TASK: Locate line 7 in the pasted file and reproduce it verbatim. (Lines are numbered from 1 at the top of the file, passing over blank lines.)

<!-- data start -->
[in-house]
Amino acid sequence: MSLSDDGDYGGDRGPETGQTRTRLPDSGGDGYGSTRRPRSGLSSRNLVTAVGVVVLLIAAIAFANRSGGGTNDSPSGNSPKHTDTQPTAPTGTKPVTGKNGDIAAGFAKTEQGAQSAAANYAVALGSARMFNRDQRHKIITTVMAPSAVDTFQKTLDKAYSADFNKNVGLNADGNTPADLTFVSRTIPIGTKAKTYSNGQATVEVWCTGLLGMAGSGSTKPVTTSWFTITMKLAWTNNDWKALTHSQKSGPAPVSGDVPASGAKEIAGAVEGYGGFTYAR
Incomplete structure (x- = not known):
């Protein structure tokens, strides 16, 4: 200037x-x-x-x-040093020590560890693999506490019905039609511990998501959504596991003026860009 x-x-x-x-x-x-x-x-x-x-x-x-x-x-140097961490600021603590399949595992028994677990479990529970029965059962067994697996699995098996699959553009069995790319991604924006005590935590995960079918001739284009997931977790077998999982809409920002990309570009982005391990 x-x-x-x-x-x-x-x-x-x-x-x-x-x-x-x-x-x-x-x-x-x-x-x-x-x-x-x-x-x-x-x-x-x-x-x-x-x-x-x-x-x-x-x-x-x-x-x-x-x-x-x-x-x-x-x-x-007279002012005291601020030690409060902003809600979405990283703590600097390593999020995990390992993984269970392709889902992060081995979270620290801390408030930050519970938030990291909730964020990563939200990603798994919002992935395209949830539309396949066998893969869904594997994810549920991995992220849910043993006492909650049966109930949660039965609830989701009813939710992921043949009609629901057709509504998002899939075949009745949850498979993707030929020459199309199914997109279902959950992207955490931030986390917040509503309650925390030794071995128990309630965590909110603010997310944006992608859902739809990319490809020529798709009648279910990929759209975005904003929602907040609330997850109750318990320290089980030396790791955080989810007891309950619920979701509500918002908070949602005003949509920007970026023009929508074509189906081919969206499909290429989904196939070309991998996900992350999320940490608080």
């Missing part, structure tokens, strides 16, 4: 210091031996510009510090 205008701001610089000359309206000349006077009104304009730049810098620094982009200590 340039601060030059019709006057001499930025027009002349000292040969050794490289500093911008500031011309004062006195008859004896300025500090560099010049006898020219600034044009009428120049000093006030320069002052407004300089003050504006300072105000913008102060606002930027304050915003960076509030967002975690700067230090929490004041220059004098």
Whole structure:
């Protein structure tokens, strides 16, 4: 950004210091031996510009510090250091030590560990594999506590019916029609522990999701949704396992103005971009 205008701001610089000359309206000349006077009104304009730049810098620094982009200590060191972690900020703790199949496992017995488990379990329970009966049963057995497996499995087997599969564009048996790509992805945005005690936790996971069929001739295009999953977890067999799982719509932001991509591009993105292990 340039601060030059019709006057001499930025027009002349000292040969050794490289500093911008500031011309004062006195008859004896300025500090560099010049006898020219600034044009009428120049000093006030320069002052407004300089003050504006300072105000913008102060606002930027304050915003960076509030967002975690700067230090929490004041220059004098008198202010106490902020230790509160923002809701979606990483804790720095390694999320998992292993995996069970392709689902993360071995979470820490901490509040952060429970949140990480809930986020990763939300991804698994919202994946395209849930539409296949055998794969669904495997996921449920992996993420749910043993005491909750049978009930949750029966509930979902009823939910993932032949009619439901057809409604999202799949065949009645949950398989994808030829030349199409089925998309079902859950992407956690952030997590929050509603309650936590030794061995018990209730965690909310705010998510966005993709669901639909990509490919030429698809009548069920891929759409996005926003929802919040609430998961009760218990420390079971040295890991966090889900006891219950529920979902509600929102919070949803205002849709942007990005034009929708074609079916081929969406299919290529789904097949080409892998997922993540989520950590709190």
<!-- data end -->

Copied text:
């Protein structure tokens, strides 16, 4: 950004210091031996510009510090250091030590560990594999506590019916029609522990999701949704396992103005971009 205008701001610089000359309206000349006077009104304009730049810098620094982009200590060191972690900020703790199949496992017995488990379990329970009966049963057995497996499995087997599969564009048996790509992805945005005690936790996971069929001739295009999953977890067999799982719509932001991509591009993105292990 340039601060030059019709006057001499930025027009002349000292040969050794490289500093911008500031011309004062006195008859004896300025500090560099010049006898020219600034044009009428120049000093006030320069002052407004300089003050504006300072105000913008102060606002930027304050915003960076509030967002975690700067230090929490004041220059004098008198202010106490902020230790509160923002809701979606990483804790720095390694999320998992292993995996069970392709689902993360071995979470820490901490509040952060429970949140990480809930986020990763939300991804698994919202994946395209849930539409296949055998794969669904495997996921449920992996993420749910043993005491909750049978009930949750029966509930979902009823939910993932032949009619439901057809409604999202799949065949009645949950398989994808030829030349199409089925998309079902859950992407956690952030997590929050509603309650936590030794061995018990209730965690909310705010998510966005993709669901639909990509490919030429698809009548069920891929759409996005926003929802919040609430998961009760218990420390079971040295890991966090889900006891219950529920979902509600929102919070949803205002849709942007990005034009929708074609079916081929969406299919290529789904097949080409892998997922993540989520950590709190």